If you wish to visit the U.S. for a temporary period of time, you may enter the U.S. as a visitor for business with a B-1 visa or as a visitor for pleasure with a B-2 visa.
You can enter the U.S. as a full-time student with the F-1 Academic Student visa or M-1 Vocational or Other Nonacademic Student visa.
The J visa is for educational and cultural exchange programs designated by the Department of State, Bureau of Consular Affairs, and the Q visa is for international cultural exchange programs designated by the U.S. Citizenship and Immigration Services (USCIS).
Internationally acclaimed and renowned scientists, educators, artists, business people and athletes; Company executives, and managers with specialized knowledge; Professionals who possess a bachelor’s degree or higher; Nurses; Agricultural workers; Seasonal Skilled or Unskilled Worker; Management trainees; Entertainment groups; Athletes; and Religious workers – can come to the U.S. as nonimmigrant temporary workers.
Immigrant/Legal Permanent Residence status may be granted based on employment skills, and immigrant visas are available if you qualify under the employment-based preference categories.
Only the spouses, minor children under 21 years old and parents of U.S. Citizens are immediately entitled to immigrant visas upon the approval of relative petitions on their behalf. Other relatives must wait for available visa.
Yes, you need to obtain a divorce or annulment if your Philippine marriage has not been terminated. If you get married before having your Philippine marriage terminated, your subsequent marriage will be considered a bigamous marriage.
Yes, you can file for a divorce here in the United States so long as you meet the jurisdictional requirements in your state.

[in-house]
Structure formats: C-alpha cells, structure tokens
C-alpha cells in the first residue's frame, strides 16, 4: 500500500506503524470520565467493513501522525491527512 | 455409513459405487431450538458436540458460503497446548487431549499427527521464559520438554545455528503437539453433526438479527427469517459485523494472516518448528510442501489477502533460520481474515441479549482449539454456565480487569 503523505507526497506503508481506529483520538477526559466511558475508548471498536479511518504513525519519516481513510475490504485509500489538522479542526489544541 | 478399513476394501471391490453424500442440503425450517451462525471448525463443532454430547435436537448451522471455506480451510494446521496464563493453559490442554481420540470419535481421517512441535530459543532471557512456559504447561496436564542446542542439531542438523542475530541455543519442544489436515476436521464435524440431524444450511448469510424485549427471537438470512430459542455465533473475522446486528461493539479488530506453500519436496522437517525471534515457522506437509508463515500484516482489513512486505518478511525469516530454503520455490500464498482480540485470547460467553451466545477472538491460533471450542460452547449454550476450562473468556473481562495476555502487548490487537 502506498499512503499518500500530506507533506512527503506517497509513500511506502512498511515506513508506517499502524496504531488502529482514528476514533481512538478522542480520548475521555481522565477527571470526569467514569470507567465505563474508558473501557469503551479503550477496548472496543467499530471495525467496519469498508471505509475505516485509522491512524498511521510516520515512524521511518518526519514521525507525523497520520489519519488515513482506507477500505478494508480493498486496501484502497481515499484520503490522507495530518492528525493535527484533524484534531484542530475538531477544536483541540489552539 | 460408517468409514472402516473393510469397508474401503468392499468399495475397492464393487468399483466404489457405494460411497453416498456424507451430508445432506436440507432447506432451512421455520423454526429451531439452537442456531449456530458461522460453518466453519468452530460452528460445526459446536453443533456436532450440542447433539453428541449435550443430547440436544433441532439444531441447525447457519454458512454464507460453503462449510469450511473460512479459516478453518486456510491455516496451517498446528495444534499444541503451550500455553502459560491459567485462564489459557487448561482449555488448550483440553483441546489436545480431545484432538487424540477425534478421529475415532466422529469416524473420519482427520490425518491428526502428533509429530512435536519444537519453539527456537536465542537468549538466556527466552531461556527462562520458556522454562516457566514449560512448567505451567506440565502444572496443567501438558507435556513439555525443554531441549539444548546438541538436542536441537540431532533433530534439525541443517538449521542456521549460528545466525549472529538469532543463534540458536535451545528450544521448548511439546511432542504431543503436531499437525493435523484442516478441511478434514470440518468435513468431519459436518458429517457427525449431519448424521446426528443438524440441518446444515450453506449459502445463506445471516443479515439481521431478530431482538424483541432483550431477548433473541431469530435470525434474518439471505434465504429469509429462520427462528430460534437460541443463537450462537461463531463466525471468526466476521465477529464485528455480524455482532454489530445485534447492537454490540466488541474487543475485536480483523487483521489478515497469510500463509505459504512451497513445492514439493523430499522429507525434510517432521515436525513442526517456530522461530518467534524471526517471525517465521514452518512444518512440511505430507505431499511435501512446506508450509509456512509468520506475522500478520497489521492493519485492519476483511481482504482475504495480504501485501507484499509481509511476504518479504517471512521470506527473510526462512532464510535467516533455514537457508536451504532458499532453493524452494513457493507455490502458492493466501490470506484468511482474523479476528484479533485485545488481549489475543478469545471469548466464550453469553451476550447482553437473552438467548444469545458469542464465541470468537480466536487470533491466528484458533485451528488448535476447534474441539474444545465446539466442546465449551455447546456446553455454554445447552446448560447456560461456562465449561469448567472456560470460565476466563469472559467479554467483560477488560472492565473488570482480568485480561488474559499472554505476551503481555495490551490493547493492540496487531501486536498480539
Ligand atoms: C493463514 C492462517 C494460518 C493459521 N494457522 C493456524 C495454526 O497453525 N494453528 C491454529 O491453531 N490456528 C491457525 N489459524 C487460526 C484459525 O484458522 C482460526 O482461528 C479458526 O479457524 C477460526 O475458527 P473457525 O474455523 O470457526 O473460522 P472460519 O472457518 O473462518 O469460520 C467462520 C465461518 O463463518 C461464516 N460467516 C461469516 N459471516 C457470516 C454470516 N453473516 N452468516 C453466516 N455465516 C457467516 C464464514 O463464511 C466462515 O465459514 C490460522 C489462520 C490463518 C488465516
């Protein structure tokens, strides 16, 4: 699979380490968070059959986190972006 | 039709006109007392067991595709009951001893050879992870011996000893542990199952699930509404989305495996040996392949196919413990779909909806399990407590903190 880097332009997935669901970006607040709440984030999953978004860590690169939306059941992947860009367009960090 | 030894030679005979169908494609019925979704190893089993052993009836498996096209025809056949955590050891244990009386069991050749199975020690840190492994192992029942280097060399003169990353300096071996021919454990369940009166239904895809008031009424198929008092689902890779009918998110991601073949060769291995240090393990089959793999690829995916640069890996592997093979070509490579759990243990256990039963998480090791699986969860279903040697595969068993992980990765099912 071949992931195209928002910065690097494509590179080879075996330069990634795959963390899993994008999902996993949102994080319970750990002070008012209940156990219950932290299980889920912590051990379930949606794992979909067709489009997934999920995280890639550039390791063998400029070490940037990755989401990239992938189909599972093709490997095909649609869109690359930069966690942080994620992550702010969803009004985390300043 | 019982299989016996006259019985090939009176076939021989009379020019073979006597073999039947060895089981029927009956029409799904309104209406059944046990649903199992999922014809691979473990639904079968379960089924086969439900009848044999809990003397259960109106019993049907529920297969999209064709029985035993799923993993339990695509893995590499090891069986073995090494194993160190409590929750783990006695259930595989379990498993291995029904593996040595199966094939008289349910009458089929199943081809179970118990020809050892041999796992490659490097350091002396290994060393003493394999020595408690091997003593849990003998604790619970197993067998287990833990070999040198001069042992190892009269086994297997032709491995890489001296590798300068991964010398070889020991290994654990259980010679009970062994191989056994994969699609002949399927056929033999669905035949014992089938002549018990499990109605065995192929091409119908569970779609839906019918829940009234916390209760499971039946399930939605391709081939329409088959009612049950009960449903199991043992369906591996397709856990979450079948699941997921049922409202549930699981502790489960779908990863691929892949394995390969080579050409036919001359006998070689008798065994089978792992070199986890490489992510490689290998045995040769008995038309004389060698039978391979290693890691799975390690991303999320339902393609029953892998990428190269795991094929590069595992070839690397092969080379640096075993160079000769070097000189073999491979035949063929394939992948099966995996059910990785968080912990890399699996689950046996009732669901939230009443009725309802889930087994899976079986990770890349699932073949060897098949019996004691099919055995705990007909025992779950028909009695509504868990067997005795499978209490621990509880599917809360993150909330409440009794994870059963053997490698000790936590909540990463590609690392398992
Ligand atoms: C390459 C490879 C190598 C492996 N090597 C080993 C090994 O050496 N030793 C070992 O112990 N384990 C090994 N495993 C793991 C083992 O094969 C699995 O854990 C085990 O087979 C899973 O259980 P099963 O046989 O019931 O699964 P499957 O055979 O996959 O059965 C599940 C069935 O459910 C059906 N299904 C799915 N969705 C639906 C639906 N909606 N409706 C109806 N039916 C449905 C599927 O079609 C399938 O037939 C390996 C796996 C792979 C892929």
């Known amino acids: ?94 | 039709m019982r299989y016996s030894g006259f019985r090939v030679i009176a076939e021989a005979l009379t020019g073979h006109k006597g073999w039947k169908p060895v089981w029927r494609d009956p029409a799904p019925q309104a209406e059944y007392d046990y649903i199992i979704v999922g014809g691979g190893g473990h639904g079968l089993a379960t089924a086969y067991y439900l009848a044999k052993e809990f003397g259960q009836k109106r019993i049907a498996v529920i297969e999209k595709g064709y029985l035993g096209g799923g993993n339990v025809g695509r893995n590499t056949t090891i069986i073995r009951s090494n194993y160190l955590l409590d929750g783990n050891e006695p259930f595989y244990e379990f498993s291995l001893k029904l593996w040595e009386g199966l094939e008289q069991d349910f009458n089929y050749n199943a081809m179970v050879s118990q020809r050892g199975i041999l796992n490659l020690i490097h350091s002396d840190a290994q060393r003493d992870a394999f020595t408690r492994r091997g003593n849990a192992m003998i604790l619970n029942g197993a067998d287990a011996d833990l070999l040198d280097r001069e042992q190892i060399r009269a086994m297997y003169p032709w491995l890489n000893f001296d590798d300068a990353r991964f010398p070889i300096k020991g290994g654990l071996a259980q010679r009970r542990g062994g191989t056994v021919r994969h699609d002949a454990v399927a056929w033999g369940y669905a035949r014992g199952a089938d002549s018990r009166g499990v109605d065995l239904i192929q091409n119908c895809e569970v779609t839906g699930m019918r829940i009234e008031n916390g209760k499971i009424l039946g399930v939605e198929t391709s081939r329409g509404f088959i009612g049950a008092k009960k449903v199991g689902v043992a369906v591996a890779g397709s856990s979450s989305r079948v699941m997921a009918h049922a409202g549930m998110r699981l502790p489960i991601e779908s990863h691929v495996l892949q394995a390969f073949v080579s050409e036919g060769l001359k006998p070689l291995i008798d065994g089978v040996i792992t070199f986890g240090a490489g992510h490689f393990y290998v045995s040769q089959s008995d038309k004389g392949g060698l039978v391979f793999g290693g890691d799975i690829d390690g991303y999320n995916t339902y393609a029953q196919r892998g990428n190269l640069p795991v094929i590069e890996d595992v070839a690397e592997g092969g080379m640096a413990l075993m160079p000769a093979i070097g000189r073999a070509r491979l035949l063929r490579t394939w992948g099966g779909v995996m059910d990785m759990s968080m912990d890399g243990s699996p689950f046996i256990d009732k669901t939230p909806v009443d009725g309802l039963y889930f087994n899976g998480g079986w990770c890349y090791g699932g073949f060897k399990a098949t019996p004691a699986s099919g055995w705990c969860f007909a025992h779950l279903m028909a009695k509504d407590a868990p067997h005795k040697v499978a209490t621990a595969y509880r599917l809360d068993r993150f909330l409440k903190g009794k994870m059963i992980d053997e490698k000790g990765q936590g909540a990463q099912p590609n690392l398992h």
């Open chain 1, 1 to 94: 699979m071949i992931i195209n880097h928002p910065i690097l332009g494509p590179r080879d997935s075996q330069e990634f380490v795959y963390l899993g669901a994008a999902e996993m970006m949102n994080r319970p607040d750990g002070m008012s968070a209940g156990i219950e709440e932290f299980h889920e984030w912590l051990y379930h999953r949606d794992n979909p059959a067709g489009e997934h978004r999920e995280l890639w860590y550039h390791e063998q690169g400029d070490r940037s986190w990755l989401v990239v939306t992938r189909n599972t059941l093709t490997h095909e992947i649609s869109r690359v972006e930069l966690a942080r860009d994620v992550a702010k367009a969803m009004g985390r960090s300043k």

If you are a resident of California, you cannot file for a divorce in Nevada until you have met the jurisdictional requirements in that state. Moreover, if you file for an application for adjustment of Status with the US Citizenship and Immigration Services (USCIS), the USCIS may require you to show proof that you have resided in Nevada prior to the filing of your Nevada divorce.
No. You don’t have to file for a separate immigrant petition for them. You can bring them here by requesting the registration of your family as derivative beneficiaries.
You can file for a fiancé petition for your girlfriend. You may want to check the current processing times for an immigrant petition so you can decide whether to bring her in as a fiancé or as an immediate relative.
Yes, you can still file the petition to remove conditions on residence but you need to explain why you did not file before the expiration of your CR status.
You need to file your application for adjustment of status in immigration court
If your husband is still alive, we cannot use this Decision to show that your Philippine marriage has been terminated. You need to file for a divorce here in the US or a Petition for Annulment in the Philippines based on Article 36 of the Philippine Family Code.